June 15, 2024

Netherlands Slaps Uber with 10 Million Euro Fine for Data Protection Violations

The Dutch Data Protection Authority (DPA) has imposed a significant fine of 10 million euros ($10.8 million) on popular ride-hailing app Uber for failure to be transparent in its handling of drivers’ personal data. The fine comes in response to a complaint filed by 170 French drivers to a French human rights organization.

The complaint, which was addressed in the Netherlands due to the location of Uber’s European headquarters, alleged that Uber made it unnecessarily complicated for drivers to access and request copies of their personal data. The DPA found that Uber had buried the process within the app, making it difficult to locate, and spread across various menus.

Another issue highlighted by the DPA was Uber’s failure to clearly specify in its privacy terms and conditions the duration for which it retains drivers’ personal data, as well as the security measures it employs when transmitting this information to entities in countries outside the European Economic Area.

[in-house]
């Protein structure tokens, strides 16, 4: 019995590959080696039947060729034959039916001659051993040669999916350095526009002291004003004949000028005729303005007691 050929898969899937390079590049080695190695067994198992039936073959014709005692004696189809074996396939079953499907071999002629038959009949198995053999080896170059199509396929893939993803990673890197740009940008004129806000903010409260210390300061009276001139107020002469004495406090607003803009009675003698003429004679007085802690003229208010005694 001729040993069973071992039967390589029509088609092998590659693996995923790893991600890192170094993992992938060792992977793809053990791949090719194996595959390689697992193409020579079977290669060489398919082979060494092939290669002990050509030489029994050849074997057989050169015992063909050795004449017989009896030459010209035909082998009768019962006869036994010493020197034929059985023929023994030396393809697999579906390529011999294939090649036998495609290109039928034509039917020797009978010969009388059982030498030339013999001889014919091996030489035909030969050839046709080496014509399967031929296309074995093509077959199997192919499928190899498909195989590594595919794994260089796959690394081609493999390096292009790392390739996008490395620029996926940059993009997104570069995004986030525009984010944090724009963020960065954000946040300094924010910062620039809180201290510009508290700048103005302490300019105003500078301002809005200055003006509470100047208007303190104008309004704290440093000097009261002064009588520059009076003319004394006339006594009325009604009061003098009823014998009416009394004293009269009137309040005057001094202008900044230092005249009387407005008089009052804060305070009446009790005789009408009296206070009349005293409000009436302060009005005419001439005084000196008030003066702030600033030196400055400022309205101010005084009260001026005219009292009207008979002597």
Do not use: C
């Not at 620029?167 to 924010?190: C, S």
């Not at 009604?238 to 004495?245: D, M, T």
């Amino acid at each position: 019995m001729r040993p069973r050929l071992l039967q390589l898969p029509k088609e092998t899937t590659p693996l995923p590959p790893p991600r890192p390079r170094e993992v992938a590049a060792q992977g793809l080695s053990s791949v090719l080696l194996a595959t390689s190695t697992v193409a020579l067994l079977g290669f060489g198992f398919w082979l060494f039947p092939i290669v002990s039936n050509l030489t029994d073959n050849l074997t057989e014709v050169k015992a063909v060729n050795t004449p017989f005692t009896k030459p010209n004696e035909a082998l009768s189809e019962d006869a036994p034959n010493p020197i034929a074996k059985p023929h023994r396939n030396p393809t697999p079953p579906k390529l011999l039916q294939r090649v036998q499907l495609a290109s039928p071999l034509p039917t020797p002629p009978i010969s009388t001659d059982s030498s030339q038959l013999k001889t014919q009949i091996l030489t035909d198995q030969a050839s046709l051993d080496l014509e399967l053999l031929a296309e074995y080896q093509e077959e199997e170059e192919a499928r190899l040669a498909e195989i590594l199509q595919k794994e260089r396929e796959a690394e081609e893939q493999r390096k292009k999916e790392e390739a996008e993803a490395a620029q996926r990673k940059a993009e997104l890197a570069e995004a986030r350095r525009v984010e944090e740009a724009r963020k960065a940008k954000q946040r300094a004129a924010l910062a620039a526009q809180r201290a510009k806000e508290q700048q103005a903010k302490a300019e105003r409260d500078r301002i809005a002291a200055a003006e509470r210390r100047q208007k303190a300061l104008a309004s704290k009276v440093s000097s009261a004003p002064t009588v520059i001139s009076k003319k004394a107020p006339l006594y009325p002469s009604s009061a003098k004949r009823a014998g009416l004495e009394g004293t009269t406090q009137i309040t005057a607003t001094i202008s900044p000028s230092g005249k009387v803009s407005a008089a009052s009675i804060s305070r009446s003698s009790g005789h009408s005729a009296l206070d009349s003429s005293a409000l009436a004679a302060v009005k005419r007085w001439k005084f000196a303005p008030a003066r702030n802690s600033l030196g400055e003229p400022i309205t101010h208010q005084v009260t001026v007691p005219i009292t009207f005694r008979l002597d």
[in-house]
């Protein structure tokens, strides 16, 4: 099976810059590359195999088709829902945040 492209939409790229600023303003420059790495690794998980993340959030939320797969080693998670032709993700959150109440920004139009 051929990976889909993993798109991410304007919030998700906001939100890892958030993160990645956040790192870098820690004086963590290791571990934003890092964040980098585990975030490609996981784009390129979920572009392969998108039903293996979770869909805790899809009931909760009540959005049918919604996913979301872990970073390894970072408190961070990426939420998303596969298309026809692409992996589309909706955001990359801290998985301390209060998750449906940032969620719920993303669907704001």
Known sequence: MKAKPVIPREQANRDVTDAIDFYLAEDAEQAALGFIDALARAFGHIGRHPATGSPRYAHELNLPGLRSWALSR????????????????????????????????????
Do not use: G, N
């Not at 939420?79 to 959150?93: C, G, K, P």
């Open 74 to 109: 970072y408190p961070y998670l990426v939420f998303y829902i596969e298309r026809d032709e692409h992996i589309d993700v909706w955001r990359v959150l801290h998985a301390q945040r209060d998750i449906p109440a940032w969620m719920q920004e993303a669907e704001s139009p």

Although Uber has taken measures to rectify the situation, the company has chosen to appeal the decision made by the DPA. In response, Uber stated that the DPA had acknowledged that the company had addressed a small number of minor issues highlighted by the drivers, while dismissing the majority of their claims as groundless.

In a statement, Uber emphasized its commitment to continuously improving its data request processes and its willingness to collaborate constructively with authorities to address any concerns raised.

Data protection has become an increasingly critical issue in the digital age, with regulators and governing bodies across the globe taking a firm stance on the protection of individuals’ personal information. Companies that handle personal data, especially those operating in the technology and app industry, face heightened scrutiny to ensure compliance with data protection regulations.

1. Source: Coherent Market Insights, Public sources, Desk research
2. We have leveraged AI tools to mine information and compile it